Virtual Reality Porn is the Next Greatest Threat to the Church and Society
News Staff : Feb 6, 2018
Josh McDowell describes how churches are being caught completely unaware.
[Conquer Series/KingdomWorks] A reporter invited to experience virtual reality pornography with a Samsung Gear VR headset chronicled the lifelike details of the sexual encounter. He noted "after trying out VR porn, I don't think anyone who experiences it will be able to go back to 2D porn. It's that realistic." (Photo: Using VR/Creative Commons/via Pixabay)
The New York Times reports, "While virtual-reality pornography may feel like something out of a science fiction movie, it already has a formidable, if underground, presence. According to one porn site, views of VR porn are up 275 percent since it debuted in the summer of 2016. Now the site is averaging about 500,000 views."
Ready or not, the new frontier of pornography is here.
However, as Josh McDowell asks (and answers) in the all new Conquer Series:
"Is the Church ready for this? No, because they are not aware of it."
Many pastors are unfamiliar with virtual reality in general, unaware of Samsung Gear VR or Oculus Rift and the multi-billion-dollar industry around it (such as Oculus Rift being bought and developed by Facebook).
In 2016, the Barna Group, in partnership with Josh McDowell Ministry, launched a landmark study on the pervasive nature of Internet pornography and its impact on the Churchentitled The Porn Phenomenon: The Explosive Growth of Pornography and How It's Impacting Your Church, Life, and Ministry. This 800+ page study investigates the pervasiveness of pornography, particularly among American Christians.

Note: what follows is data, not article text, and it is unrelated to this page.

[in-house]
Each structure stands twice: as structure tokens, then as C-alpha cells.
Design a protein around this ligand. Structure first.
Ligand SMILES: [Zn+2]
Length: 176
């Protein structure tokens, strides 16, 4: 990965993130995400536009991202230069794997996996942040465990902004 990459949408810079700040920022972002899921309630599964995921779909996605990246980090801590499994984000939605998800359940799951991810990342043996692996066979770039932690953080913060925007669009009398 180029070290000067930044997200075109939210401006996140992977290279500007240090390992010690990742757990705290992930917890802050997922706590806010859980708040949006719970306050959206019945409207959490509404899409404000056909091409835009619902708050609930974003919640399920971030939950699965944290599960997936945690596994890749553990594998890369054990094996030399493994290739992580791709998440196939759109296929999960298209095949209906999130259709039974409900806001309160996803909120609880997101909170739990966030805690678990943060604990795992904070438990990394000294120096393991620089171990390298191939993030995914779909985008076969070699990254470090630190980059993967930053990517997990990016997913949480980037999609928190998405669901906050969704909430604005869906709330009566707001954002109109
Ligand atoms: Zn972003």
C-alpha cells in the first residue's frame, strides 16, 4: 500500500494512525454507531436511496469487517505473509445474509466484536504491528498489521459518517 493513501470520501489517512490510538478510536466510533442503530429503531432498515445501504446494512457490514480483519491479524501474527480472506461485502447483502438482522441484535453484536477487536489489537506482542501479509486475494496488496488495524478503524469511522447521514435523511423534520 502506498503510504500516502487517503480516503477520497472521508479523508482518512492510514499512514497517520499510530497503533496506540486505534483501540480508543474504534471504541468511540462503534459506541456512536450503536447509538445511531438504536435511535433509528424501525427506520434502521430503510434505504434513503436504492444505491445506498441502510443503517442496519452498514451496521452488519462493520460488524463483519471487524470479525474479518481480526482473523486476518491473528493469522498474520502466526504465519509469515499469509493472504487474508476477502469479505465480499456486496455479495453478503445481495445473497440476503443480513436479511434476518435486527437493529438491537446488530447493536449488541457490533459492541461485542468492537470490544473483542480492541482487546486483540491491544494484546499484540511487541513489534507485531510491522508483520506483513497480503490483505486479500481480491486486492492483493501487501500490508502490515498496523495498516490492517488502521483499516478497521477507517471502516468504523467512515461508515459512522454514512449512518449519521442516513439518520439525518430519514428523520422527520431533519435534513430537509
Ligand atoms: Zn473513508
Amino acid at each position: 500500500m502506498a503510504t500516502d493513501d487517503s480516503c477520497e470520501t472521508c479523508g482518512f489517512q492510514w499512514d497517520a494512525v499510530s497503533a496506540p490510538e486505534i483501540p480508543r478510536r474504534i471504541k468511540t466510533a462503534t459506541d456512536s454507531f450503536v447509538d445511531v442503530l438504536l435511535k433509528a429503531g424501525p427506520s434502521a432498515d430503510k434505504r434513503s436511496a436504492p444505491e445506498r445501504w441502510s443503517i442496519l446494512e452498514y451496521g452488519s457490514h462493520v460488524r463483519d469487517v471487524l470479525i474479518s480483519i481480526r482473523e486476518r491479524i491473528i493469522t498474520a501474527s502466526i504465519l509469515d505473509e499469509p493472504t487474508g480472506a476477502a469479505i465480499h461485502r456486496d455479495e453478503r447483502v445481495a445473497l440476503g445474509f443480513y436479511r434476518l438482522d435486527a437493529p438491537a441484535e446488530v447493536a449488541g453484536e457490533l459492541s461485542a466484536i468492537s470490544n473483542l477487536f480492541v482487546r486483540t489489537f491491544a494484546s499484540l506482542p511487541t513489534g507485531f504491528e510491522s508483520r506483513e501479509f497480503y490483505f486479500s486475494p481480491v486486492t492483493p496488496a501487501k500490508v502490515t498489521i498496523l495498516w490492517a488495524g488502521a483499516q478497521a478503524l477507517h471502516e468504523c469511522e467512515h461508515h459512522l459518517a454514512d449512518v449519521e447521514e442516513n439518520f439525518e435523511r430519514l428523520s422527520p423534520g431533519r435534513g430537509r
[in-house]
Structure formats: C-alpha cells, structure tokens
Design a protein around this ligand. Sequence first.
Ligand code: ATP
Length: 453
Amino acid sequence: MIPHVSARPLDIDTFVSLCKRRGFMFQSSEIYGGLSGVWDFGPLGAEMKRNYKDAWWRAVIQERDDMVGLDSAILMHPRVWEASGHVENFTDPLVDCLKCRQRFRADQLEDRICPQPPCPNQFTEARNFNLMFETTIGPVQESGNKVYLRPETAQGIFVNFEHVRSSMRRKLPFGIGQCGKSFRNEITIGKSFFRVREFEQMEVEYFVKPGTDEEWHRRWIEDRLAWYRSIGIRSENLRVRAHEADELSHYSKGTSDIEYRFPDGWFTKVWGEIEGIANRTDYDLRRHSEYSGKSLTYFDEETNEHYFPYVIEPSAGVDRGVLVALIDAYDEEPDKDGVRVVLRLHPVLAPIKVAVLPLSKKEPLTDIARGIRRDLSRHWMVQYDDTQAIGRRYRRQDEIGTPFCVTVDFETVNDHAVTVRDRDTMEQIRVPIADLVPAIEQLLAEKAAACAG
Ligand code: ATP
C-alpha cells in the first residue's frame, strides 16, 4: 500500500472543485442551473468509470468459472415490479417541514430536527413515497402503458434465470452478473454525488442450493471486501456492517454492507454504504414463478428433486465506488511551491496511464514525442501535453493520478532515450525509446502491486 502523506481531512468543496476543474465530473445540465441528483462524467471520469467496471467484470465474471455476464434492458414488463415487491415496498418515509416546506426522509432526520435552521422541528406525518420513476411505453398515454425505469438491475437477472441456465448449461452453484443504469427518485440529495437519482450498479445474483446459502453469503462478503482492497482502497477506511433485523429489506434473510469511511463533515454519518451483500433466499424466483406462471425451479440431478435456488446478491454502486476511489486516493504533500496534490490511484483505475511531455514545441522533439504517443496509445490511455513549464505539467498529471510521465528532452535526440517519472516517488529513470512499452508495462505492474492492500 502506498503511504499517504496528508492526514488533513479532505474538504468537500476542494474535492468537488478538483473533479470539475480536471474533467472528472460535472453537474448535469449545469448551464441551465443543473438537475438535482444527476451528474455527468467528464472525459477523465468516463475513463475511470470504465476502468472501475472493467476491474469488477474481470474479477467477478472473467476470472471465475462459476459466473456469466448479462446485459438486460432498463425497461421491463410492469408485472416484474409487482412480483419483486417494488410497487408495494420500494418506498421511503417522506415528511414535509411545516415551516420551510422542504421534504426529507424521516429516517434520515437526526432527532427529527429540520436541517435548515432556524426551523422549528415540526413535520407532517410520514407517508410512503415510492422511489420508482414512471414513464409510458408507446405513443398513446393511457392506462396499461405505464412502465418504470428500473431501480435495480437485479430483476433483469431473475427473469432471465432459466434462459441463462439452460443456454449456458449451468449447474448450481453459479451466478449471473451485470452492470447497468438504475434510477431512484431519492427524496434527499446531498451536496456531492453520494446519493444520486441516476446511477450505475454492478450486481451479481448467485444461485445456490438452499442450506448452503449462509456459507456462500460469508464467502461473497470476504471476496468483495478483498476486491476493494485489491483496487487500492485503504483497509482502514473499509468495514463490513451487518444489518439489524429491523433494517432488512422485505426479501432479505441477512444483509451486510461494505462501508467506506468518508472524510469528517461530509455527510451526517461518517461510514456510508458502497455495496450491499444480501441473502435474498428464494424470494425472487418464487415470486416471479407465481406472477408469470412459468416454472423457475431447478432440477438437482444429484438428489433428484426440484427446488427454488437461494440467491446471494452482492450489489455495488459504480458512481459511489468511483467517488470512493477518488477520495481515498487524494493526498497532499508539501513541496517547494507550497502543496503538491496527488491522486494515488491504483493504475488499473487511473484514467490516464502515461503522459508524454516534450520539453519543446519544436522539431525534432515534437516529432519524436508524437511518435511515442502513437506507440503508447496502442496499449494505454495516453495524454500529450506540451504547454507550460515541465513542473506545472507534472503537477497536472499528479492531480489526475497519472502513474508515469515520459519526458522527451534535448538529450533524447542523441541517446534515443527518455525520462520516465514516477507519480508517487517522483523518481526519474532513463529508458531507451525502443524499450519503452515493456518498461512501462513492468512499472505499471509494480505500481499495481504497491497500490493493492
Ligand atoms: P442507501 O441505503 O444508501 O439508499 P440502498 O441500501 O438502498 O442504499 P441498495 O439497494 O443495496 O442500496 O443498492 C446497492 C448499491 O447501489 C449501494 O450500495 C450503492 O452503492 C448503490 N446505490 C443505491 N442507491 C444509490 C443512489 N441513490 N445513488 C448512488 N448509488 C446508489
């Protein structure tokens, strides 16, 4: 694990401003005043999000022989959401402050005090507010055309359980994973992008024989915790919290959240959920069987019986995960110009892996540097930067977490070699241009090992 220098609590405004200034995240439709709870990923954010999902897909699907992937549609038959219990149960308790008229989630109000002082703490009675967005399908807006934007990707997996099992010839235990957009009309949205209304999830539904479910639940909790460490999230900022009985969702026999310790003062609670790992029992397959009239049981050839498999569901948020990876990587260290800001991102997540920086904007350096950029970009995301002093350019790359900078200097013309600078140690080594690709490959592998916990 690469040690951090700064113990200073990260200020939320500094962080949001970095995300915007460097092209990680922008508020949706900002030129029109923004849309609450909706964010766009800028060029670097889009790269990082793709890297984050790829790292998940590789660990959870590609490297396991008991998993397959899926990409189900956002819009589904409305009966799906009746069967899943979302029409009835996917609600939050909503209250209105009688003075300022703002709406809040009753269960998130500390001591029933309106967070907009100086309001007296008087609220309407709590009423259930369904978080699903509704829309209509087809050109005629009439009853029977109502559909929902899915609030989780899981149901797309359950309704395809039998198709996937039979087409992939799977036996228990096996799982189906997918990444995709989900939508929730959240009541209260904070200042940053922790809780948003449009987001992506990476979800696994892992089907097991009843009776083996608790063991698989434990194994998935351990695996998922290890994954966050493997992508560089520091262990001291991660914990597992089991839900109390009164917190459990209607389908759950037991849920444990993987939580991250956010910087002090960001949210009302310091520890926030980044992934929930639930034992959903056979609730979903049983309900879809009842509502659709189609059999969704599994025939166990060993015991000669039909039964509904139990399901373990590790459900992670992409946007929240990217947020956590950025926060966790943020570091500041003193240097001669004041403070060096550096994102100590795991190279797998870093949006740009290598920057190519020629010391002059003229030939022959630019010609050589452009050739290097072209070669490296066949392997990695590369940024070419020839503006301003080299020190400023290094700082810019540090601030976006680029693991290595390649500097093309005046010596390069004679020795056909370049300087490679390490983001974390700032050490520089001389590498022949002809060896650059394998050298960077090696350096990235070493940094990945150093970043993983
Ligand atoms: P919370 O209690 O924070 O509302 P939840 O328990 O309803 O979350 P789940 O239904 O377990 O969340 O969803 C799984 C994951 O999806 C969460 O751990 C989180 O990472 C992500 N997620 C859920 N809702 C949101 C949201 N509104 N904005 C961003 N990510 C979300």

A few of its finding include:
• Nearly half of young people are actively seeking pornography weekly or more frequently.
• More than one-in-four individuals between the ages of 25 and 30 first viewed porn before hitting puberty.
• The survey also found that 21 percent of youth pastors and 14 percent of pastors involved in the study are currently struggling with porn use.
However, the unique area of virtual reality has only begun to impact culture. Market Watch writer Jennifer Booton writes these interactive experiences are:
"...designed to be so powerful and immersive it tricks people into believing they are fully present in a simulated world."
The President of one VR porn company has said in an interview with Japan Times,
"If people harbor a desire for abnormal or illicit sex, fulfilling that desire may be difficult or risky in real life, to say the least. But VR can make it all possible."
The problem for consumers is that they are handing over uncontrolled access to their brains to pornographers.
We have mirror neurons in our brain that help us to learn-when we learn to tie our shoelaces by watching someone else, that is those mirror neurons at work. (Photo: Using VR/Creative Commons/via Pixabay)
Neuroscientist, Dr William Struthers, who wrote Wired For Intimacy; How Pornography Hijacks the Male Brain, says,
"These mirror neurons are involved when someone views pornography because what they view, they vicariously experience and learn from."
Mix that with the illicit sex acts that pornographers are showing in these high definition, virtual reality films and you have a deadly recipe that is going to have devastating impacts on the viewers and in turn on the broader community. What these viewers see in virtual reality, they will act out to some degree in reality.
If this is something you are struggling with, the Conquer Series website provides a free online Sexual Addiction Screening Test (SAST) to help determine if sex addiction is a problem.